CIA Director John Brennan Says Non-US Encryption Is 'Theoretical'
from the central-ignorance-agency? dept
You would think that someone in charge of the Central Intelligence Agency would have some knowledge about what he’s discussing while at a Senate Hearing on intelligence. Perhaps not so much. CIA Director John Brennan completely incorrectly said last week that non-US encryption was “theoretical” despite there actually being hundreds of such products on the market.
This happened during an open Senate Intelligence Committee hearing, where Senator Ron Wyden got to ask Brennan a couple of questions. The first was about whether anyone at the CIA was being held accountable for failures during the CIA torture program, and the second was on the future of Section 702 of the FISA Amendments Act. Specifically, he asked whether or not the CIA could live without being able to do “backdoor searches” on 702 data — basically asking what would happen if the CIA had to get a warrant to search that data. Director Brennan more or less dodged both questions, promising to get back to Wyden later and/or “in a different setting” (i.e., a classified one). However, as part of the preamble before asking questions, Wyden briefly touched on the issue of requiring US companies to backdoor encryption — the plan put forth by Senators Burr and Feinstein (Feinstein is sitting right next to Wyden while discussing this) — saying that it won’t work and is dangerous. He points out that putting restrictions on US companies won’t much matter, because those who wish to do us harm will just use non-US encryption. Despite no question being asked on that topic, Brennan decided to weigh in anyway. You can see the exchange here:
Here’s what Brennan says:
I respectfully disagree with your opening comments. First of all, US companies dominate the international market as for… as encryption technologies that are available through these various apps. And I think we will continue to dominate them. So although you’re right that there’s the theoretical ability of foreign companies to be able to have those encryption capabilities that’ll be available to others, I do believe that this country and this private sector is integral to addressing these issues. And I encourage this committee to continue to work on it.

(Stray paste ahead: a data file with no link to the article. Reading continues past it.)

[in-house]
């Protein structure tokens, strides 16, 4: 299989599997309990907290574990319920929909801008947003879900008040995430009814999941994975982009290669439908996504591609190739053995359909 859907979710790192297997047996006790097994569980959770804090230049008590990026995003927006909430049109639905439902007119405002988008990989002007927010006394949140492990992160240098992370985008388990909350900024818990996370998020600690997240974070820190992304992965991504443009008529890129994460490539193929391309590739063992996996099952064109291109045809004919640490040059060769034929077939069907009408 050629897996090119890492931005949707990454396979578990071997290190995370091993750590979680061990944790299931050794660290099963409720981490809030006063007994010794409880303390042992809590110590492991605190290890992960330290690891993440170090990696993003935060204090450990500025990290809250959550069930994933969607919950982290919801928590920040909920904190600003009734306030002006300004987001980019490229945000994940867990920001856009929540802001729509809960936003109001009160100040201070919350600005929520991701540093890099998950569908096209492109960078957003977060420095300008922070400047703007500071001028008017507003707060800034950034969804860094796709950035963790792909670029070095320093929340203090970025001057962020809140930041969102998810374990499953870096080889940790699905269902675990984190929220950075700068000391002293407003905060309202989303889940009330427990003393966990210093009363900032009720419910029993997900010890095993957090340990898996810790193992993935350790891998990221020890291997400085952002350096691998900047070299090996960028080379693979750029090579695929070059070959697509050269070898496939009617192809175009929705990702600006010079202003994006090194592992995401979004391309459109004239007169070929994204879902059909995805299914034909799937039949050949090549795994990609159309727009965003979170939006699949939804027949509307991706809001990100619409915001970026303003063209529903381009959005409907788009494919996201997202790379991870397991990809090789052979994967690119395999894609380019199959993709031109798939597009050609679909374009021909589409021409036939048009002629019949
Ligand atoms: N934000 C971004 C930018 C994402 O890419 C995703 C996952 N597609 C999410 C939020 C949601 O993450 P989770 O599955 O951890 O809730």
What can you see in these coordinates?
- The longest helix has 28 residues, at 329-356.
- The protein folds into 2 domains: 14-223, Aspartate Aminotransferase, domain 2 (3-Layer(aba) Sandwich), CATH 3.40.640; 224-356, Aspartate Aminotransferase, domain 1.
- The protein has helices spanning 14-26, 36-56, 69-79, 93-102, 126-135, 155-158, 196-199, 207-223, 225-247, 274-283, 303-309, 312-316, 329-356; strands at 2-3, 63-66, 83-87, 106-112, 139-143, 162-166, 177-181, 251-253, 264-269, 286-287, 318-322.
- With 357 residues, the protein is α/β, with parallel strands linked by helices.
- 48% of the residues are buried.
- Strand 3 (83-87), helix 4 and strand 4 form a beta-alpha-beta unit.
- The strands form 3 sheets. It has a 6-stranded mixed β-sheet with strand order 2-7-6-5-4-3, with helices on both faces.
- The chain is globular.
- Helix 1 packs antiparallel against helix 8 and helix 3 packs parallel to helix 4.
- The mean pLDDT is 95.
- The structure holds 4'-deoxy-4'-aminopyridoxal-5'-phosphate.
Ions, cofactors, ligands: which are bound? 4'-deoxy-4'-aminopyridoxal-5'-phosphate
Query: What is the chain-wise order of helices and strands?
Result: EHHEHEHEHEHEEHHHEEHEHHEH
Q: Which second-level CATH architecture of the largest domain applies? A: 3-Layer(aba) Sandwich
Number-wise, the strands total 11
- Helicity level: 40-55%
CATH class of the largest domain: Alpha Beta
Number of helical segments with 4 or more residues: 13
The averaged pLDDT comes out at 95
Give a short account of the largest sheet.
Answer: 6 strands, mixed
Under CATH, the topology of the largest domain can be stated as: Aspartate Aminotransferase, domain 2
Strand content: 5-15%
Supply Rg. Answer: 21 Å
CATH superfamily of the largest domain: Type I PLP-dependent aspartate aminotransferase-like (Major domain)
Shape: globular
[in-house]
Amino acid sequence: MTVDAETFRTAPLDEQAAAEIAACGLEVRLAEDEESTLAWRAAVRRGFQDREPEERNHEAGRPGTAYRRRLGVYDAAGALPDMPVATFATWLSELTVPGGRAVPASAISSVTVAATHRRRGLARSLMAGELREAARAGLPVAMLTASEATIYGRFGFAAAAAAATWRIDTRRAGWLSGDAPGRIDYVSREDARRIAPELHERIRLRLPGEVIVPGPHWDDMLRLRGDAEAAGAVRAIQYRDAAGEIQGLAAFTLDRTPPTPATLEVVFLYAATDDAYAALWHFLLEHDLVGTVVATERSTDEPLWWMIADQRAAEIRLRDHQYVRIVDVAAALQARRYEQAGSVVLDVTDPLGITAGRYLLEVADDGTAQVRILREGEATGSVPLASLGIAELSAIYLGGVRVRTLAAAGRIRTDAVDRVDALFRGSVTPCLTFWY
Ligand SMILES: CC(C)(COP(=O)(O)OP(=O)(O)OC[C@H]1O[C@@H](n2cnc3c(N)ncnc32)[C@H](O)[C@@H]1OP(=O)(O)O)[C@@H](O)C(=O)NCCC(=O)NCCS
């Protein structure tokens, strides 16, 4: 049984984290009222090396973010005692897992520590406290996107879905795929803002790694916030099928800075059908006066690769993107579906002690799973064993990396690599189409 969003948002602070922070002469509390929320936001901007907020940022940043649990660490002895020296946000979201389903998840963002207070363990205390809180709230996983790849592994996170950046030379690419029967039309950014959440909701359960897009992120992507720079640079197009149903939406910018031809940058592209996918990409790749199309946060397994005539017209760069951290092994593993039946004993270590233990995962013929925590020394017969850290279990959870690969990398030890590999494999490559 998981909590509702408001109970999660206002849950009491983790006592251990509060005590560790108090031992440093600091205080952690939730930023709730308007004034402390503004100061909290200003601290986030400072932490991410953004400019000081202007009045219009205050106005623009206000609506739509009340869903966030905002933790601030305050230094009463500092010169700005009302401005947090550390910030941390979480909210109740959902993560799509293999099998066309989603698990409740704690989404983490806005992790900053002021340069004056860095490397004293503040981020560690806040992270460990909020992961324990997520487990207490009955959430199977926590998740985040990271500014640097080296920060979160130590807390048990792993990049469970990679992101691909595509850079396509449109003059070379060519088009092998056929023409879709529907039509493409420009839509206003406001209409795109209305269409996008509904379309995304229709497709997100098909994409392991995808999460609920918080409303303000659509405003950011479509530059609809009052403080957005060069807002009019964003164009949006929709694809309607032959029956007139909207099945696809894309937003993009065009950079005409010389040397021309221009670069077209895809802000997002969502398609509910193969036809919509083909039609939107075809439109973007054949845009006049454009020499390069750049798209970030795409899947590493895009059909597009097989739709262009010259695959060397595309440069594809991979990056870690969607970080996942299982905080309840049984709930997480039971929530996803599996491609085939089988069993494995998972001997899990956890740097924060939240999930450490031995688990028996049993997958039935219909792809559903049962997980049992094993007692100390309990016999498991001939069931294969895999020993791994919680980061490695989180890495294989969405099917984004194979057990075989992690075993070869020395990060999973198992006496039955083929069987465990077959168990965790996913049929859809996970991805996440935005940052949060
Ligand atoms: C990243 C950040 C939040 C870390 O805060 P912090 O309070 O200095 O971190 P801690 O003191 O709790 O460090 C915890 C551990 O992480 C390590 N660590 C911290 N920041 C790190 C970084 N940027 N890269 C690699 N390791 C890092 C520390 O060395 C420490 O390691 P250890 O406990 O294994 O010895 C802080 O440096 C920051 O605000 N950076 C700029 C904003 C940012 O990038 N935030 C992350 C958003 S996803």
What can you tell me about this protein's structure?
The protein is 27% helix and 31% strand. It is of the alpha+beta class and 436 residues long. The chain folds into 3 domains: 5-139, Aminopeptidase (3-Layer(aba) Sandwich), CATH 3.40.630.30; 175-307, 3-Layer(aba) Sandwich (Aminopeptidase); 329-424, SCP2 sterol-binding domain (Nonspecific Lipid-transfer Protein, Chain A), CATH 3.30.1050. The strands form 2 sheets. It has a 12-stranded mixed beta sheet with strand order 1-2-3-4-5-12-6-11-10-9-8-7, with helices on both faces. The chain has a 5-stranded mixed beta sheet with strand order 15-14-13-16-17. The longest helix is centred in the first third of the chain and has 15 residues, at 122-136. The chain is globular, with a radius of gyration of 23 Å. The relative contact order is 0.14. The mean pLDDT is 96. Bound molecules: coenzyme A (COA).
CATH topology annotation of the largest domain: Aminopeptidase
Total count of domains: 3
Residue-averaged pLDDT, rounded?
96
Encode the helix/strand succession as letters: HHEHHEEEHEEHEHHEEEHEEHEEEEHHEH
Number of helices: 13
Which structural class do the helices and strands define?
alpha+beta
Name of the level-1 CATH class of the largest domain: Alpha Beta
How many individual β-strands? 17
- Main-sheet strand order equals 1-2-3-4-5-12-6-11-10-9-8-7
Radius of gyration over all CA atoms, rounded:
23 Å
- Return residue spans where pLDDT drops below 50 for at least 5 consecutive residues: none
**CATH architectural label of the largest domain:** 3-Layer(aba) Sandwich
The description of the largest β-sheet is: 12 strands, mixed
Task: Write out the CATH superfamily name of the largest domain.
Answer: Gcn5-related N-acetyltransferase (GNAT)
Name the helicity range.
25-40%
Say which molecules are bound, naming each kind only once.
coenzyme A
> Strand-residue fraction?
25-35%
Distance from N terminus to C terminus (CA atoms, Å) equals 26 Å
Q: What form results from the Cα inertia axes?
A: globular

Beyond being a bit jumbled, the idea that the issue is “theoretical” is flat out wrong. A recent paper by the Open Technology Institute looked at the 9 top encryption products recommended as “safe” to use by ISIS and pointed out that only one would be impacted by US regulation.
And then there was the second study, done by the Berkman Center and led by Bruce Schneier, that was a worldwide study of encryption products and noted that there are 865 encryption products worldwide from 55 different countries — and 546 of those products are non-US. It’s true that the US has the most, but there’s a pretty wide variety of other options. And the foreign products cover all different kinds of encryption. They found: “47 file encryption products, 68 e-mail encryption products, 104 message encryption products, 35 voice encryption products, and found 61 virtual private networking products.”
To argue that this is somehow “theoretical” is beyond ridiculous. Even if it were true (and it doesn’t appear to be) that those planning to do us harm currently use US products, it’s pretty obvious that they would quickly move to foreign-based products if it became clear that the US products were required to provide a backdoor to law enforcement. Again, the only end result would be to make those who use the encryption for lawful purposes less safe.